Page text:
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Growers Briefed on Pepper Production Challenges

The Tomato Magazine
January 2007

There was everything you ever wanted to learn about pepper production and more at the 2006 Great Lakes Fruit, Vegetable & Farm Market Expo pepper
session. The presentations took place Dec. 5 at the DeVos Place Convention Center in Grand Rapids, Mich. Topics covered included:

• “Damping-off of Pepper Transplants,” by Sally Ann Miller, a plant pathologist at The Ohio State University, Wooster, Ohio.
• “Pepper IPM in New England,” by Jude Boucher, a researcher with the University of Connecticut Cooperative Extension System, Vernon, Conn.
• “Phytophthora Research Update in Peppers,” by Mary Hausbeck, a plant pathologist at MSU.
• “Spacing Studies in Peppers,” a second presentation by OSU’s Sally Miller.

Damping-off Disease Research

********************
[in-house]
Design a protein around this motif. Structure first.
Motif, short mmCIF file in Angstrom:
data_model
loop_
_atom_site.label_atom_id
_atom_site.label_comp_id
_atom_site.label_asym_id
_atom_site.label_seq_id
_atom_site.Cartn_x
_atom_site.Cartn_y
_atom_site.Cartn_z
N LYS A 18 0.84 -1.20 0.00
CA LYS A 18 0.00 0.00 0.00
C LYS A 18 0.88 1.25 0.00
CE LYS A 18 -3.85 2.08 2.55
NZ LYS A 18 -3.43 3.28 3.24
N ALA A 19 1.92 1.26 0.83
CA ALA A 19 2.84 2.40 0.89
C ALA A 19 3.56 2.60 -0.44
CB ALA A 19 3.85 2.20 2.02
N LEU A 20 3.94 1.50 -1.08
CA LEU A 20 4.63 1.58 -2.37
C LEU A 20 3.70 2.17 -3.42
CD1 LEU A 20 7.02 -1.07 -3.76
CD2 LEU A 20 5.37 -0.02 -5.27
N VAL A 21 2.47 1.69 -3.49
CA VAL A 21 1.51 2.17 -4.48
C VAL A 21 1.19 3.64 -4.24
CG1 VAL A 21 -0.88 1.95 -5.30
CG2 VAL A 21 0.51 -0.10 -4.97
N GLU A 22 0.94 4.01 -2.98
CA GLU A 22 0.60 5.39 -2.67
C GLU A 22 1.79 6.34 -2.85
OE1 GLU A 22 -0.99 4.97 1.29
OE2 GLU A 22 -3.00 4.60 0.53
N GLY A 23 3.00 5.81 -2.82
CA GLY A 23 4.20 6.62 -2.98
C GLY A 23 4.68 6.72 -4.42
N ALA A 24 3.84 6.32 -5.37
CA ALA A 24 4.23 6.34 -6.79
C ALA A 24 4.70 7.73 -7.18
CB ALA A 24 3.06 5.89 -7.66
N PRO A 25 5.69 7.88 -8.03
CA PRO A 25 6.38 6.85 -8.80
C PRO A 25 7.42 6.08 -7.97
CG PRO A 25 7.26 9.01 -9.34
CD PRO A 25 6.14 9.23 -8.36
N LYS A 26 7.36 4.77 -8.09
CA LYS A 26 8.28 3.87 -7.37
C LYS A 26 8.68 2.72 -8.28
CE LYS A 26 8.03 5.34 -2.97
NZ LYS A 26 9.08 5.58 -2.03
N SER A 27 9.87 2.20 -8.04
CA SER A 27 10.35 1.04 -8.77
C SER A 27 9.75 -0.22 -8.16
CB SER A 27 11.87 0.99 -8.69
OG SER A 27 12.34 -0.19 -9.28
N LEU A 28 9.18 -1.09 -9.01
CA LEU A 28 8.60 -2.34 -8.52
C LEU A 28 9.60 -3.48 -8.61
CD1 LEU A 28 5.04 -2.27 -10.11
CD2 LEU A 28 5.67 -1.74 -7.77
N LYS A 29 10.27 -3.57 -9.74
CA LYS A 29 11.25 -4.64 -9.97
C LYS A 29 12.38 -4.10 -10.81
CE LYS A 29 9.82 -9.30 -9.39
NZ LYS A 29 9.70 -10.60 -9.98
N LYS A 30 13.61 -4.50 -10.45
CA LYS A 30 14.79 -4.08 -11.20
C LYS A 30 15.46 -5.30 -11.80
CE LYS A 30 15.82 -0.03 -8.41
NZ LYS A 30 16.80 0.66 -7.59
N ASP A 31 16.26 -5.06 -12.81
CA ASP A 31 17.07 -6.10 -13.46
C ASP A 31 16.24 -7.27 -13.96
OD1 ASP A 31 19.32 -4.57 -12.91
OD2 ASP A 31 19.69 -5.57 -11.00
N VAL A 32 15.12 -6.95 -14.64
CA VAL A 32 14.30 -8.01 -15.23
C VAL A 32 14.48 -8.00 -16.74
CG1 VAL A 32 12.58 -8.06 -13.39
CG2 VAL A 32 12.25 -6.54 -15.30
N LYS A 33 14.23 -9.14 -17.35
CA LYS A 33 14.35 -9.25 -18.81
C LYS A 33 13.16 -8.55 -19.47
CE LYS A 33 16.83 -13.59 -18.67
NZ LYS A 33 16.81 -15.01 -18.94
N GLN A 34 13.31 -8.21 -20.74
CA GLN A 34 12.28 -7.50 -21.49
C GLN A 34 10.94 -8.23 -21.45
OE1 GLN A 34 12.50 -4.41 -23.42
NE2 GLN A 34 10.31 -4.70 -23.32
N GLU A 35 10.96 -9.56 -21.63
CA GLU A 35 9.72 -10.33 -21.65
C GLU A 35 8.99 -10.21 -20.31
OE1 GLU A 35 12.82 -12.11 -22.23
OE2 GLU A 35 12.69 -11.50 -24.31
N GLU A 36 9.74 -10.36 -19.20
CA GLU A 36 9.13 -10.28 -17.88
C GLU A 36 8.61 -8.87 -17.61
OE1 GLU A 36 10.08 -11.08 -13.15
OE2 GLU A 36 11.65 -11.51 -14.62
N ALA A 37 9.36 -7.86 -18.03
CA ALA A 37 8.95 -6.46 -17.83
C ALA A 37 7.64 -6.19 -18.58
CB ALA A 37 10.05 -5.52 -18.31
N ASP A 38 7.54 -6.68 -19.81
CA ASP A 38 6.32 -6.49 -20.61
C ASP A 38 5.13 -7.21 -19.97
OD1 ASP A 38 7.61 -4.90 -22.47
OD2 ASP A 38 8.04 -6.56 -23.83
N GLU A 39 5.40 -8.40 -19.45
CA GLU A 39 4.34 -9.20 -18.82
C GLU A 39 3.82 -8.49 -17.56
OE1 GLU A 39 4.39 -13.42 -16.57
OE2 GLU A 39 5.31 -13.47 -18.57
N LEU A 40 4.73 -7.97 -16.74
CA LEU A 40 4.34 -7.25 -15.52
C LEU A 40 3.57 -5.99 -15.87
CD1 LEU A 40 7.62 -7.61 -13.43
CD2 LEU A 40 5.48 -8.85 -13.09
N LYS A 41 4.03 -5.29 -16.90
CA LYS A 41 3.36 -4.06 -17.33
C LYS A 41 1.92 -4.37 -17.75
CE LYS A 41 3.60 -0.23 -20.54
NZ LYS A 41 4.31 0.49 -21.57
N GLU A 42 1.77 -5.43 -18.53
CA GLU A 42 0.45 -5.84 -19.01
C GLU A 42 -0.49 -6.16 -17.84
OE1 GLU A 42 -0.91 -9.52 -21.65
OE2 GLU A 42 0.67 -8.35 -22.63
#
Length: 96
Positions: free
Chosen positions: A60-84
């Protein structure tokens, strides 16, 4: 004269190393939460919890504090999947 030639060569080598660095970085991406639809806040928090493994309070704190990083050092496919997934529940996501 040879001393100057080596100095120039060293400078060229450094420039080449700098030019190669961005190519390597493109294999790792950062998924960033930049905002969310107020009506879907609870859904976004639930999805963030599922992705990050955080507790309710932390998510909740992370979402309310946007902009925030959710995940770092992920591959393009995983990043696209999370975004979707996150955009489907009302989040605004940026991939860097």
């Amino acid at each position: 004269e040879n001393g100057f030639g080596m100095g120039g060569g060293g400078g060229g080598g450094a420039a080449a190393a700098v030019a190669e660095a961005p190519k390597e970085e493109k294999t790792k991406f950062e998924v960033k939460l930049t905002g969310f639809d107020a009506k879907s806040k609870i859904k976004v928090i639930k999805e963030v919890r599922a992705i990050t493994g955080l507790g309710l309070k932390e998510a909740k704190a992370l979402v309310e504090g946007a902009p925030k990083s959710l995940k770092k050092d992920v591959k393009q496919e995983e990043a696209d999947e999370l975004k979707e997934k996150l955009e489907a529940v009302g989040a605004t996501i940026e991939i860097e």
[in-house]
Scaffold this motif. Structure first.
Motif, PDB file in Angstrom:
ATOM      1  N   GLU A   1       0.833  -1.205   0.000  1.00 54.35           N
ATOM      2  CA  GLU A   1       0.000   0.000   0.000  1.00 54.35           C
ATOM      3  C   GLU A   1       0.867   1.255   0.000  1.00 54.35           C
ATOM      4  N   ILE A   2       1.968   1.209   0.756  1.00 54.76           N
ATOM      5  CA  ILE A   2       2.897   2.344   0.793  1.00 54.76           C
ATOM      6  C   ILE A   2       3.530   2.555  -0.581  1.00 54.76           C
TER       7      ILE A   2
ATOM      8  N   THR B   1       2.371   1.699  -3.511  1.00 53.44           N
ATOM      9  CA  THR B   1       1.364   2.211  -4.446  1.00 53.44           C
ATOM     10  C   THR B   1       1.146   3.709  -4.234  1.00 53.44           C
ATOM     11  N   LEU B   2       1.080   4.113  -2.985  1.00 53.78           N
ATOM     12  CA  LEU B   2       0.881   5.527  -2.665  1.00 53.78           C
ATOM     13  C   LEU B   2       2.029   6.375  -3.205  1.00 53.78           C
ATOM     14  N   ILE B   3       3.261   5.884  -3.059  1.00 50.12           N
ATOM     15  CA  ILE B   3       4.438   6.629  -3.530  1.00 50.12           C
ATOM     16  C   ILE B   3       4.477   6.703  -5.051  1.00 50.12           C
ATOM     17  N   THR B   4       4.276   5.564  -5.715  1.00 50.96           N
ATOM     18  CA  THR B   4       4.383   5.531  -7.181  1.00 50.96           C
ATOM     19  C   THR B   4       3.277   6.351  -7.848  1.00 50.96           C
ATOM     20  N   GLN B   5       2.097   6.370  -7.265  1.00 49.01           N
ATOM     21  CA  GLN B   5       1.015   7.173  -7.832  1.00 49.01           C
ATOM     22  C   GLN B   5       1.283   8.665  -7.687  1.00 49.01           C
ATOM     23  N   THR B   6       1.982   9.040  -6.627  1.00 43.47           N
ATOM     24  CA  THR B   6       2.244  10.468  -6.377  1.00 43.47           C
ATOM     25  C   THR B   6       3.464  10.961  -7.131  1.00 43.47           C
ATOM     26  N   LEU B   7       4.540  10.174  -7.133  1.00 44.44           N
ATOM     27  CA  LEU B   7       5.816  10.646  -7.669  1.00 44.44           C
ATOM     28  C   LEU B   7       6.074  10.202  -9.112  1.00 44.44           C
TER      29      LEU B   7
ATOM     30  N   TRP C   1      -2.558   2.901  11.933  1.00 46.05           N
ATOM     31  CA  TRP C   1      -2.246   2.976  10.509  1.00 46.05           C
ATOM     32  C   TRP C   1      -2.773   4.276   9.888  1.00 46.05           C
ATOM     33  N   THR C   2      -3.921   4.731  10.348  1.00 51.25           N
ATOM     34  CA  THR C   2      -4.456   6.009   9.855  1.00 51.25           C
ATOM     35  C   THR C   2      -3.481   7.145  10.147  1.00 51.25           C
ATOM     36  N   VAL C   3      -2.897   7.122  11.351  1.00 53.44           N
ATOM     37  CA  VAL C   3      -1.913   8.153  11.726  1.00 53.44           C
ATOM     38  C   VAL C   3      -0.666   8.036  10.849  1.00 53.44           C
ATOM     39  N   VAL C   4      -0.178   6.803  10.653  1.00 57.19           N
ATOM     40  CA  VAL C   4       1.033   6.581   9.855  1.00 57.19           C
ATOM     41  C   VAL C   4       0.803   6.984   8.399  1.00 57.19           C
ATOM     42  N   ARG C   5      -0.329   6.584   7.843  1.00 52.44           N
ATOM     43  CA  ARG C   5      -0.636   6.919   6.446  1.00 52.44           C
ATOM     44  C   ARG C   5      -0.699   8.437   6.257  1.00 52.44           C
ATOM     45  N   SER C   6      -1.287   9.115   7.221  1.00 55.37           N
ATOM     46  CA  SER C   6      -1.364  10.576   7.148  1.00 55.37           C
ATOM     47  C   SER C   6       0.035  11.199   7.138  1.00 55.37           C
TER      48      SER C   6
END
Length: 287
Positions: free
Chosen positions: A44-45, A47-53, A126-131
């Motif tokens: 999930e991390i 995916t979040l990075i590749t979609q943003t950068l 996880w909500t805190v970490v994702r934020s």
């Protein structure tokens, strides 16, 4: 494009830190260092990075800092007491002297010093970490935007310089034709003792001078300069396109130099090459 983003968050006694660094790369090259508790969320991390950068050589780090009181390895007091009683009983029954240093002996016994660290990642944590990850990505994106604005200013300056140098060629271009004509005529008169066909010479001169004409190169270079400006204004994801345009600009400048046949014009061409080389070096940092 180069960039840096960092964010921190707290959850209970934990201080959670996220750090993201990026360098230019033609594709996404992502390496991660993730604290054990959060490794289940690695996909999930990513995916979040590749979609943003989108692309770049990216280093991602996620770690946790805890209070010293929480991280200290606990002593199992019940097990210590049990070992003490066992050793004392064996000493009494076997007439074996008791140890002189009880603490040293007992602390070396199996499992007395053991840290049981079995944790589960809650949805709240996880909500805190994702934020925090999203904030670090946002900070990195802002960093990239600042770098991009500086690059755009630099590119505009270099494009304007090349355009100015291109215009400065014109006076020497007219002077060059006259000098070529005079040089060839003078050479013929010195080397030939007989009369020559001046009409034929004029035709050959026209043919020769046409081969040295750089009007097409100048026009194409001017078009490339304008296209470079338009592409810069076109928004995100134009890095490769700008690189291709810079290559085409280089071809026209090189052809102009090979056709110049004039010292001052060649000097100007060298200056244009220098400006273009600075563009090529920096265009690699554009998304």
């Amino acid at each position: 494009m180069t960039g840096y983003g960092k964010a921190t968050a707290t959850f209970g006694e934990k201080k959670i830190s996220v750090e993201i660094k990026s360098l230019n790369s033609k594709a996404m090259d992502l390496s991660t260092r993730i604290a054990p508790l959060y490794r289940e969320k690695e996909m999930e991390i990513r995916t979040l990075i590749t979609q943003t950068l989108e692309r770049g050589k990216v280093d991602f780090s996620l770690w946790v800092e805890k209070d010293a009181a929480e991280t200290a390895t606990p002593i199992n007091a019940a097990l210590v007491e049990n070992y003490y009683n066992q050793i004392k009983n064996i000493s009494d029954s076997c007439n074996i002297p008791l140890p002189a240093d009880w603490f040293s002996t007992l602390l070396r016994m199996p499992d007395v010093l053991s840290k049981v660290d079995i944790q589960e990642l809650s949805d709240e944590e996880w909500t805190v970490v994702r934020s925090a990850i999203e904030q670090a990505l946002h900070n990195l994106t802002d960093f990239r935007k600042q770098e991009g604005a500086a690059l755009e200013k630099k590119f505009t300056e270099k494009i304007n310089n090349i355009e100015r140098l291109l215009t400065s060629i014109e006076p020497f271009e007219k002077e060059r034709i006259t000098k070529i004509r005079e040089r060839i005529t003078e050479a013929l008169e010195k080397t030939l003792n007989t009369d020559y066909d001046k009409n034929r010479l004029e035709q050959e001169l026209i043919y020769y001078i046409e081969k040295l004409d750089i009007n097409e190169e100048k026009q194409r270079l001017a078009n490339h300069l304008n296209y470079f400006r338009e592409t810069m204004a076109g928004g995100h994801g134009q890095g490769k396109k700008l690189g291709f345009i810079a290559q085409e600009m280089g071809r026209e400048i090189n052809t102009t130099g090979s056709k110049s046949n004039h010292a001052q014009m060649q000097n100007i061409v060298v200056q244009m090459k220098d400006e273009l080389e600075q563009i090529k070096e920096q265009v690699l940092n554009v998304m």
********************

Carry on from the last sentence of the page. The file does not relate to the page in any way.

In greenhouse environments, damping-off, a disease caused by Rhizoctonia solani and Pythium spp., can cause significant losses for transplant production,
Sally Miller told the group. Damping-off is associated with plant crowding, variable temperatures, over-watering, high humidity and the lack of fungicides highly effective against damping-off pathogens.

“We evaluated a number of products and tactics to suppress these pathogens and reduce the incidence of Rhizoctonia and Pythium damping-off in pepper
transplants,” Miller reported. “Pepper is particularly susceptible to damping-off during seedling production.”

Among the treatments used were: composted cow manure (4 percent total nitrogen), Omega Grow Plus, Moncut, Endorse, Serenade and Thiram. Endorse
and Serenade were used at different rates.

“All of the treatments, except the low rate of Endorse and all rates of Serenade, significantly reduced Rhizoctonia damping-off of pepper seedling,” Miller
said. “In the non-inoculated control, only 1.6 percent of seedlings damped-off.